“College for all” has become a rallying cry for progressive lawmakers in the last several years. In 2015 Senator Bernie Sanders introduced a College for All Act that would eliminate undergraduate tuition at public universities, while Senator Tammy Baldwin and Representative Bobby Scott introduced the America’s College Promise Act, which would make all community and technical colleges free to eligible students. There’s an increasing push to see a four-year college degree as a basic requirement for economic success, and accessible higher education as a tool to reduce income inequality. But a new study has found that college for all might not be a cure-all.

Researchers Dan Gitterman, Jeremy Moulton, Dillan Bono-Lunn, and Laura Chrisco argue that “educators and policymakers should consider ‘some college’ as a viable pathway to future labor market success.”[1] ‘Some college’ is an official Census designation that refers to students who have completed certificates, students who are currently enrolled in post-secondary education, and people who have acquired credits but not completed a degree. In looking at employment and wage data by education level, the researchers found something striking: a significant proportion of people who have completed ‘some college’ earn more than the median bachelor’s degree holder.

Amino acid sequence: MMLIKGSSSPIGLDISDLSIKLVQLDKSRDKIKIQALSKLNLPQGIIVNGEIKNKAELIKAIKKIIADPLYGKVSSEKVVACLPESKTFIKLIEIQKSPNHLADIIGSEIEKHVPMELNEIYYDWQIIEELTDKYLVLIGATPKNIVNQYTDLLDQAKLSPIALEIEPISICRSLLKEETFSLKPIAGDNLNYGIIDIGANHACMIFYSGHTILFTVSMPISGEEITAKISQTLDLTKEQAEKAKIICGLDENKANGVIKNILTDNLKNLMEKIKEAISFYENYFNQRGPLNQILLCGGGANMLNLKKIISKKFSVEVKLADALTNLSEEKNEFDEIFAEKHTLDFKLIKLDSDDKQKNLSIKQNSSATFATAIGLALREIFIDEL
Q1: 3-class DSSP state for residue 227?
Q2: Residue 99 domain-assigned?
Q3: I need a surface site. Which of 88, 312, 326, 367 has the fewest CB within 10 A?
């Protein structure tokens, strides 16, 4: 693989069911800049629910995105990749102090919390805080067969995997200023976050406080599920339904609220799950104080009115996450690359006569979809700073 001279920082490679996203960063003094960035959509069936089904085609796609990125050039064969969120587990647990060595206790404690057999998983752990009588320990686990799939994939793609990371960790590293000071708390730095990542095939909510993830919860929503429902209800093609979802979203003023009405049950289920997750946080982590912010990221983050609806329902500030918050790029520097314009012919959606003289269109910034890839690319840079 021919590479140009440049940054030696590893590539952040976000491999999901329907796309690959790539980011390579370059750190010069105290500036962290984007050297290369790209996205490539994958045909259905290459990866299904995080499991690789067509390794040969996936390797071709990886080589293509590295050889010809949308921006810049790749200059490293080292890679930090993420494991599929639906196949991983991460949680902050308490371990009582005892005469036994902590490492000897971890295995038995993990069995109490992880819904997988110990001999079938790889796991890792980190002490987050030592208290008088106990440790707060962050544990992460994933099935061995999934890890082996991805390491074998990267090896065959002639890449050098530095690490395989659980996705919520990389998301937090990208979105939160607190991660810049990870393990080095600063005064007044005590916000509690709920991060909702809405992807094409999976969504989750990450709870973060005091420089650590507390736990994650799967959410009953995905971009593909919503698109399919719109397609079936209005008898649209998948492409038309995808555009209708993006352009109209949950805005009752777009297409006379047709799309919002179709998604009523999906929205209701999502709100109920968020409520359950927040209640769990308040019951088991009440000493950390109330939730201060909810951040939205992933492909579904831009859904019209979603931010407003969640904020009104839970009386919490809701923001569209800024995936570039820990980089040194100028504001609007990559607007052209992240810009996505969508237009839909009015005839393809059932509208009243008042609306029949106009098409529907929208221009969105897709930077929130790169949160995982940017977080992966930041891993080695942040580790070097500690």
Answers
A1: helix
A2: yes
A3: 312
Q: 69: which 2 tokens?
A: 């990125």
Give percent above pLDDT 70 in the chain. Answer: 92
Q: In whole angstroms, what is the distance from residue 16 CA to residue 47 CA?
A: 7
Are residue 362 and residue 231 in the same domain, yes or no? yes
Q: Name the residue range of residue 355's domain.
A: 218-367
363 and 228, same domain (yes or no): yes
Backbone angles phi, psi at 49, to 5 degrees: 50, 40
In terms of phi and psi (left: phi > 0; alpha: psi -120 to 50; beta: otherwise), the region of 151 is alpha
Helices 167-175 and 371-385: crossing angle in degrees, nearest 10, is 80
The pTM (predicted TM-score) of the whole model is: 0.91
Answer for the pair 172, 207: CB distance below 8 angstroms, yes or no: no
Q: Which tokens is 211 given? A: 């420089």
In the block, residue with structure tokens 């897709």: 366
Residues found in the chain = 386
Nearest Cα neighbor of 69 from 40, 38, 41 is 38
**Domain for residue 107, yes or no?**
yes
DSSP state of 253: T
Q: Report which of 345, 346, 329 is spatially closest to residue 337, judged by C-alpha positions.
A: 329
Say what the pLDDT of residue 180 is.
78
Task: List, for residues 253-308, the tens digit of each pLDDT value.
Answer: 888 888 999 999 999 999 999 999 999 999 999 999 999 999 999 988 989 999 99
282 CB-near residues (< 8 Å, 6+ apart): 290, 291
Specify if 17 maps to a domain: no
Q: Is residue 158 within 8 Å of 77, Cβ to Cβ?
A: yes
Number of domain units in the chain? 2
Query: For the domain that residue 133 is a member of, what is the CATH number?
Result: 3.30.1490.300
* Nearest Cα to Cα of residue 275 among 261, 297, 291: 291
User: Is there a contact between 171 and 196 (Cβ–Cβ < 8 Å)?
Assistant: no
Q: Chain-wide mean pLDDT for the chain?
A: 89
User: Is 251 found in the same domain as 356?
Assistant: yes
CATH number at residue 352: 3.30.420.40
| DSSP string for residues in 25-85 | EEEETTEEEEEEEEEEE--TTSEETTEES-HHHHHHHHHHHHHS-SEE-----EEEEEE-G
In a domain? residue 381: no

The data showed a wide range of earnings both within and across education levels. For example, only 5 to 12 percent of people with less than a high school degree earn more than the median college graduate; that numbers shoots up to 40 percent for people holding a certificate in skilled manufacturing.[2] Certificate holders in STEM (science, technology, engineering, and mathematics) fields were also relatively strong earners; certificate holders in health, on the other hand, mostly fell slightly below the median high school graduate.

According to the study, “prospective students must increasingly consider the labor market returns to education against the debt their earnings must service.” In other words, younger generations have a greater need to take their future earning potential into account when deciding on their post-secondary education. This is as true for a student choosing a bachelor’s degree as it is for one choosing a certificate or vocational program.


Highest level of educational attainment 

Nearly one-third of Americans between the ages of 25 and 64 have completed “some college,” i.e. more than a high school degree but less than a bachelor’s.[3] That’s a huge segment of the population that’s getting left out by the “college for all” conversation.  

“Although setting high standards of ‘college for all’ is laudable, there are some unintended consequences, such as demoting the vocational career path.” 

Gitterman et al. caution against the narrow rhetoric surrounding the “college for all” push. Low-income students are finding themselves taking on more debt to cover education costs, or getting priced out of college altogether. At the same time, they are potentially unaware of less expensive educational and skill development options that could deliver comparable returns. Educators and lawmakers shouldn’t continue exclusively pushing students towards increasingly unaffordable degrees.

[1] Daniel P. Gitterman, Jeremy G. Moulton, Dillan Bono-Lunn, and Laura Chrisco. (2015.) Can “Some College” Help Reduce Future Earnings Inequality?, Peabody Journal of Education, 90:5, 636-658. Available at http://www.tandfonline.com/doi/full/10.1080/0161956X.2015.1087774

[2] See note 1

[3] Ibid